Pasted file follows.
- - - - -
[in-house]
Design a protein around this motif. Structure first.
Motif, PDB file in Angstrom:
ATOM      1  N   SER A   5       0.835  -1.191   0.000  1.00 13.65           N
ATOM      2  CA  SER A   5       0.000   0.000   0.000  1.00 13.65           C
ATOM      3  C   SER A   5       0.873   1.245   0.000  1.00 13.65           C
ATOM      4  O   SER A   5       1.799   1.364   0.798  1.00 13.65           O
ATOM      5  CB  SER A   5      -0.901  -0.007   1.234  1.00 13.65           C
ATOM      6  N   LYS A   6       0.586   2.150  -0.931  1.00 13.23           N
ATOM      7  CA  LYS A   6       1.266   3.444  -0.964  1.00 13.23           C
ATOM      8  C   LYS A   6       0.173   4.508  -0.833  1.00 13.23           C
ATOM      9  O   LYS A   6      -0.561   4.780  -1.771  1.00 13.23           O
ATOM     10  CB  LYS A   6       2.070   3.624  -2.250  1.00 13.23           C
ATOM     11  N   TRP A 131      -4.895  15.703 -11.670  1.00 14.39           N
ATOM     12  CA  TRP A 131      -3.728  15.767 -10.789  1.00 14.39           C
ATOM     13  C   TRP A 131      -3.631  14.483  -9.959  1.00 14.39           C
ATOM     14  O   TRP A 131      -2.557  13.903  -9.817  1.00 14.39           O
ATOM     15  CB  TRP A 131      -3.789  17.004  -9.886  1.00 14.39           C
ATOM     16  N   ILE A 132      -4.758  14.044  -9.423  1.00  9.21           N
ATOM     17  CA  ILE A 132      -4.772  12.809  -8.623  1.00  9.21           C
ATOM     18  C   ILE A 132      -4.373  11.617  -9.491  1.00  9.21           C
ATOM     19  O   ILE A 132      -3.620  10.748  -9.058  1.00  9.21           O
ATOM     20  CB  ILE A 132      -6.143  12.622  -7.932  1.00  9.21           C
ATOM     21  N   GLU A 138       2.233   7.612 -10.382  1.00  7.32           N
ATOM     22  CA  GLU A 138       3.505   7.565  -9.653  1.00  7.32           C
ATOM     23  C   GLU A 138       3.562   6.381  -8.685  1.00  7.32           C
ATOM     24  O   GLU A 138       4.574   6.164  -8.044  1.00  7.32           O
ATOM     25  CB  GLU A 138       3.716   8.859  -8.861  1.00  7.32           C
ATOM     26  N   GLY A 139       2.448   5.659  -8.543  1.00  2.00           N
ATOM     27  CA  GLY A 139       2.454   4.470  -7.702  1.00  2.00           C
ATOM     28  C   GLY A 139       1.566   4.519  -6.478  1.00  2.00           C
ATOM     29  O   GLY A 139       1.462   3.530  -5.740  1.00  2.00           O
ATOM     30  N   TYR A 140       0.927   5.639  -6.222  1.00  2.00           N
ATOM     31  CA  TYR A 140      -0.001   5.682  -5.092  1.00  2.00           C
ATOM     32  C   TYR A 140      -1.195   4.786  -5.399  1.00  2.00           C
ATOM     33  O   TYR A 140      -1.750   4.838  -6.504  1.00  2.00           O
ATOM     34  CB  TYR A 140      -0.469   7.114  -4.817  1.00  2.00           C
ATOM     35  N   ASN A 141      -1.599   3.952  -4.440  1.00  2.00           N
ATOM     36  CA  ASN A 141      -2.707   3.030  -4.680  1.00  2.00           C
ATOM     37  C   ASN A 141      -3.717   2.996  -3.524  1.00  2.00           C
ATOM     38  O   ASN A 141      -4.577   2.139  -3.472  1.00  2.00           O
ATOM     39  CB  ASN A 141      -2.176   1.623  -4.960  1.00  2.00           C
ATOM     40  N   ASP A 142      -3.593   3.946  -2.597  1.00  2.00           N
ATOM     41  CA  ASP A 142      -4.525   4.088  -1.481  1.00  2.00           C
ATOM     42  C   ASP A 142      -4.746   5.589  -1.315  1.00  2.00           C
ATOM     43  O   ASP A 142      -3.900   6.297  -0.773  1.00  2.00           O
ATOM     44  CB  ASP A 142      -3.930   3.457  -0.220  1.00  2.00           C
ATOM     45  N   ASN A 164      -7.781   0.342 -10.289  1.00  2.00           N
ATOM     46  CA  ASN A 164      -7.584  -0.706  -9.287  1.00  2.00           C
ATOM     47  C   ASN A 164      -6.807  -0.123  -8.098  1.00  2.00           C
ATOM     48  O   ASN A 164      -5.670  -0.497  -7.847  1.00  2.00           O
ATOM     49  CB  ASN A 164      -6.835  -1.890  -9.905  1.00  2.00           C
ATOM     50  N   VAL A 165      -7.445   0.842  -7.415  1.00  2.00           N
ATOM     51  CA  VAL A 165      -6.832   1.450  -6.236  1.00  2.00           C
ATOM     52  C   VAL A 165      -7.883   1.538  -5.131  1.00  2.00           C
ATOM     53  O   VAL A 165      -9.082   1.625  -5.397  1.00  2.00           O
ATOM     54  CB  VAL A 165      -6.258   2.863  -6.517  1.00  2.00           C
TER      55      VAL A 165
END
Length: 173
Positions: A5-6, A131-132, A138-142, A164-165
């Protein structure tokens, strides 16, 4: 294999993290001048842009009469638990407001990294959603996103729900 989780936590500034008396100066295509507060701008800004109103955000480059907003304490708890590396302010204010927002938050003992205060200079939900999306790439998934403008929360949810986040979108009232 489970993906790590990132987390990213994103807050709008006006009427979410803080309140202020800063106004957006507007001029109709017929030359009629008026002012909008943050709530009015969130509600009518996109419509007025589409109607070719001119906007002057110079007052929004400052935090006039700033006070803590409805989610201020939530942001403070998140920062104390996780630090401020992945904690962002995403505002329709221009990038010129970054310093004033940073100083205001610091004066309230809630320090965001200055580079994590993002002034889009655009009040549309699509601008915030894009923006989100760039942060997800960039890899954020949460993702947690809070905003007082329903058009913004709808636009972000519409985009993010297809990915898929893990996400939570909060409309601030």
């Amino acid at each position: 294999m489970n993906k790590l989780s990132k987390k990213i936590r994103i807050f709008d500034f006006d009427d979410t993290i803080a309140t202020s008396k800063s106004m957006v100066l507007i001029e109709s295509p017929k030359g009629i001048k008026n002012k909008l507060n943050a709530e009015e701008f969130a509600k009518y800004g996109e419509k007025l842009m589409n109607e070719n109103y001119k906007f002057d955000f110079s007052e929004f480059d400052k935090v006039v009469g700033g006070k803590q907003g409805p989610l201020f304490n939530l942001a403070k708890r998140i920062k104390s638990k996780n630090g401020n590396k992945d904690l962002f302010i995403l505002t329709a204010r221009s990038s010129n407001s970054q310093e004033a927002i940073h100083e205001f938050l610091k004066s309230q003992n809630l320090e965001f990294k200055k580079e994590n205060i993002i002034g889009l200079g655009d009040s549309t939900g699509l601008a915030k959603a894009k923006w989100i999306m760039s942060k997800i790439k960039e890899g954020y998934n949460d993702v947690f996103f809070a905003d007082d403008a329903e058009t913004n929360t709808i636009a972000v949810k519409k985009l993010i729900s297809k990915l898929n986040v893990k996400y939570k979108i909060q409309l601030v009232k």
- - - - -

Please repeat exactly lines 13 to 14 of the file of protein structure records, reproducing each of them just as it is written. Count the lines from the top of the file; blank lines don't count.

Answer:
ATOM     10  CB  LYS A   6       2.070   3.624  -2.250  1.00 13.23           C
ATOM     11  N   TRP A 131      -4.895  15.703 -11.670  1.00 14.39           N